Thursday 7 May 2020

Are all comparisons odious?

The idea that comparisons are odious isn’t a new one; the first use of the phrase in English appears to date from around 1440. And as an admonition against comparing things which are unalike, or judging people against each other, it has a great deal of merit. People – governments, even – should as a rule be judged on their own merits, not by comparing them to others. So, when government ministers and their apologists complain about the UK’s coronavirus statistics being compared with those of other European countries, they have a point, especially so when they underline that not everyone is counting the same thing. They are also correct in pointing out that we don’t yet know the final outcomes, and things could still change, although their faith that that change will vindicate them looks, shall we say, ‘optimistic’ at the moment. But their point would be even more valid if they hadn’t been making the international comparisons themselves until very recently in an attempt to show they weren’t doing badly, and if we didn’t know that the country most guilty of under-reporting is probably the UK itself – the FT have estimated that the true number of deaths resulting from the pandemic is more like 54,000 than the officially-admitted 30,000. Totalitarian states like China aren’t the only ones who hide the truth behind carefully massaged figures.
However odious they may be, and whatever the difficulties in ensuring that the same things are being compared, comparisons do have a valuable role in determining whether, for instance, one approach has worked better than another. And given the advantage the UK had in that the pandemic struck after we could already see what had happened in Italy, there was every reason at the outset to suppose that a well-prepared and well-organised country (which is what the UK claimed to be) could and would avoid the scale of the disaster which hit Italy by learning from their experience. As it turned out, the country was neither well-prepared nor well-organised, and instead of mobilising immediately, the country’s leaders chose to believe that British exceptionalism could and would defeat the virus. We were well-prepared and well-organised only in the sense that our leaders ‘know’ that the UK is special and exceptional and that everything the UK does is, by definition, ‘world-class’, ‘world-leading’ and ‘the very best’. When their definition starts from the assumption that no-one can ever do any better, there is never going to be any predisposition to study what happens elsewhere and learn from it – they simply assume that other people are having a torrid time because not only are they not British but they didn’t come here for advice first. When reality doesn’t match their preconceptions, they simply redefine reality by denying the validity of any comparisons, hiding the truth, and doubling down on the lies and bluster.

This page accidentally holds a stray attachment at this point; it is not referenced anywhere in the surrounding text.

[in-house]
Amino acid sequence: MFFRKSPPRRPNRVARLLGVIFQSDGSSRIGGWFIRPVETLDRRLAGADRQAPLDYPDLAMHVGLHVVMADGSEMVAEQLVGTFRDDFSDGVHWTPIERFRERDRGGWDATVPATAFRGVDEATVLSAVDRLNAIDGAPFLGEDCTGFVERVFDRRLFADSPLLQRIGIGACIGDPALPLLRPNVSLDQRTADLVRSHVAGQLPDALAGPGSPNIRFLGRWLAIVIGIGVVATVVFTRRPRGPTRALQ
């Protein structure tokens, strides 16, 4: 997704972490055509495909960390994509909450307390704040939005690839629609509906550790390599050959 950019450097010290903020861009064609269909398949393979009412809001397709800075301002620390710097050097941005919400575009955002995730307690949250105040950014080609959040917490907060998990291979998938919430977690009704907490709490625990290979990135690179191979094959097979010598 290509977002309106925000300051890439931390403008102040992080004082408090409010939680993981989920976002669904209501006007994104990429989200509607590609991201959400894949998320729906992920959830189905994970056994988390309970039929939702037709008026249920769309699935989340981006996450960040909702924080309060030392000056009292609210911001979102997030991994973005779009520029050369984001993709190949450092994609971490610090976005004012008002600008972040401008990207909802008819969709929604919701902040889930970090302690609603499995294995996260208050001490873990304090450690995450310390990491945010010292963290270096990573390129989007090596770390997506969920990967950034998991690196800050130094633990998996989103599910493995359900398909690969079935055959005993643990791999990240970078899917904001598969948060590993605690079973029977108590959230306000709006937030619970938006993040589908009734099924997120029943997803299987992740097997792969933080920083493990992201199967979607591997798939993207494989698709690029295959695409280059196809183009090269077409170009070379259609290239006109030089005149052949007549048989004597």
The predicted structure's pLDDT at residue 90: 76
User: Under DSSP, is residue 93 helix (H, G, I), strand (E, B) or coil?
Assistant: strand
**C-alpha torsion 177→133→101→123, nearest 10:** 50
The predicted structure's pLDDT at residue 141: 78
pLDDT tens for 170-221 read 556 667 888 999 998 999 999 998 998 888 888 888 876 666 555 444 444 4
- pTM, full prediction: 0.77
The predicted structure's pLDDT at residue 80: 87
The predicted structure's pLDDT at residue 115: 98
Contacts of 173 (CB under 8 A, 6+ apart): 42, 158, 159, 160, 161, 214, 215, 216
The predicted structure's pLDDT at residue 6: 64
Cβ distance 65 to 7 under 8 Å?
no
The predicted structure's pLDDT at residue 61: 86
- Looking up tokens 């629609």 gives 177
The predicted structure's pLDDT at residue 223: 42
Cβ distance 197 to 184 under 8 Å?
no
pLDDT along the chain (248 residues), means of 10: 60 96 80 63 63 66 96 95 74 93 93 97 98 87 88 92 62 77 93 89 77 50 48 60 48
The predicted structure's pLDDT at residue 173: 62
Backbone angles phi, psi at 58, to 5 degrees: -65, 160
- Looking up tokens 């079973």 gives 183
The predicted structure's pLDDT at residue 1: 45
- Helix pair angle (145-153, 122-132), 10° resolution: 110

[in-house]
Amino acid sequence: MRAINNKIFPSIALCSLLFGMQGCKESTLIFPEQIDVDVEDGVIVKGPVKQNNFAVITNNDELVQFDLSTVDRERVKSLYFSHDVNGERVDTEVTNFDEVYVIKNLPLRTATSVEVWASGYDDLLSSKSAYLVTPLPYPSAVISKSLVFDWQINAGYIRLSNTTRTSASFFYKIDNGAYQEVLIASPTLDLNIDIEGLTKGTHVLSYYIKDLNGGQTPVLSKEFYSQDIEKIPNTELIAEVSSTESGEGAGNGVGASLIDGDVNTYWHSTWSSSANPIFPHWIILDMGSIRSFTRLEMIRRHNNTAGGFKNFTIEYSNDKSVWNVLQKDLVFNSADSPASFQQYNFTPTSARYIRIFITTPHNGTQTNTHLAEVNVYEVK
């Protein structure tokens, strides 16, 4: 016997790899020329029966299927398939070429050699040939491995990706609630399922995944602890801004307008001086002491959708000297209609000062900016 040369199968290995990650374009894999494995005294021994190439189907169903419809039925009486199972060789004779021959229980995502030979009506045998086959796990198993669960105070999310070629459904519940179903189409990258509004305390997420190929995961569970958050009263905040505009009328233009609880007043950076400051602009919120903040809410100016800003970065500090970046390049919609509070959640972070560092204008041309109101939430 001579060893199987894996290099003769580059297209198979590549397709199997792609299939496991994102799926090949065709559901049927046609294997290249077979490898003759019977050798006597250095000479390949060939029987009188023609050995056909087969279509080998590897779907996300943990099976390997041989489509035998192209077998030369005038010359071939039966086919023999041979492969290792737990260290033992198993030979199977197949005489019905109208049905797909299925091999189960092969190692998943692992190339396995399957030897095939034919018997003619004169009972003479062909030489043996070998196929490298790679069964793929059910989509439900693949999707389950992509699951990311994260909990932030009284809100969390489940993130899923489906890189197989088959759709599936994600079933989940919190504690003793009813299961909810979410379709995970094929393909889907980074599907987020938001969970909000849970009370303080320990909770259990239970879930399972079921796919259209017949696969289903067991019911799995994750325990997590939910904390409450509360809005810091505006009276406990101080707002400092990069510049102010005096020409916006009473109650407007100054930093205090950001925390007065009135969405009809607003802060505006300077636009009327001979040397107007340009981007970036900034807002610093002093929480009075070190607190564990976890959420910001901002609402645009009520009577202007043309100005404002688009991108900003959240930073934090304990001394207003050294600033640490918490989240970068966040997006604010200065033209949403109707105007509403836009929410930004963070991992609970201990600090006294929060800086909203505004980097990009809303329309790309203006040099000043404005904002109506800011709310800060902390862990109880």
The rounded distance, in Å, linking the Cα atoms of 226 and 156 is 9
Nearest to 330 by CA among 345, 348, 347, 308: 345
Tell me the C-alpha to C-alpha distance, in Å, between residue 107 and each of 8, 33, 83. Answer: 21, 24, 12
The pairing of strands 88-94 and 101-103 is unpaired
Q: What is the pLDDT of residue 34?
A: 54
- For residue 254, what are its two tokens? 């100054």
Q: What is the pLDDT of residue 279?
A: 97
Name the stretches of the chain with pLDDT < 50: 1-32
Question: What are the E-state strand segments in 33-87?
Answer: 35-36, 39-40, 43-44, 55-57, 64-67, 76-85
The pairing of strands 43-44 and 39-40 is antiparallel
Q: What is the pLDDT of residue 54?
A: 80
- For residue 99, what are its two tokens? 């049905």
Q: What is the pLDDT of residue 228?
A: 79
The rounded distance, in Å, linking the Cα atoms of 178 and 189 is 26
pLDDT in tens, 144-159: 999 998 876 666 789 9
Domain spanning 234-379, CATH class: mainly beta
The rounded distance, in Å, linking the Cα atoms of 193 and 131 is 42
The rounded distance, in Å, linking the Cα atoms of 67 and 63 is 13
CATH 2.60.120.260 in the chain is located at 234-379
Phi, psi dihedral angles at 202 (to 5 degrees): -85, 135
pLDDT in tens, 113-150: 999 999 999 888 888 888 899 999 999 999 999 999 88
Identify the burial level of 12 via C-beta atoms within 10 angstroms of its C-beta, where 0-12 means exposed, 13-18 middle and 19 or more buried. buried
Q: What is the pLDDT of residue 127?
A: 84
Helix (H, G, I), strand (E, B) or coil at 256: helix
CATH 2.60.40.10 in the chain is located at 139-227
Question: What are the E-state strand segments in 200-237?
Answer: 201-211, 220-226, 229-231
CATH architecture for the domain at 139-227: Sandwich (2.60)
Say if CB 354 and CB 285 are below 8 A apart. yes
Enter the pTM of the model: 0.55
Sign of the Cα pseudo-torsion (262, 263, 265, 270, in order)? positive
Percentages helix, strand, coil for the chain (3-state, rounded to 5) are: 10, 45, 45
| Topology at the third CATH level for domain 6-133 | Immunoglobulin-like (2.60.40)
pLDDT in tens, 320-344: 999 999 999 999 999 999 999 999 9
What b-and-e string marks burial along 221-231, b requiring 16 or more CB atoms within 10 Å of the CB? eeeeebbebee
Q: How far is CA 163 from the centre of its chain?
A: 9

Those who rely on the UK media for their news will be largely unaware of the incredulity with which most of the rest of the world has looked on as the UK stumbles from mistake to mistake. Wee Ginger Dug has compiled a few links here which show just how astounded people elsewhere have been by the performance of Johnson and his pals. Things are unlikely to change, though. Perhaps they really do believe their own propaganda, in the same way that Trump genuinely believes himself to be a genius. When you ‘know’ something to be true, mere evidence and facts are not going to change that. Some of us already know that jingoism is no more a cure for the virus than is snake oil, but the snake oil marketing business is far from being as dead as it should be.

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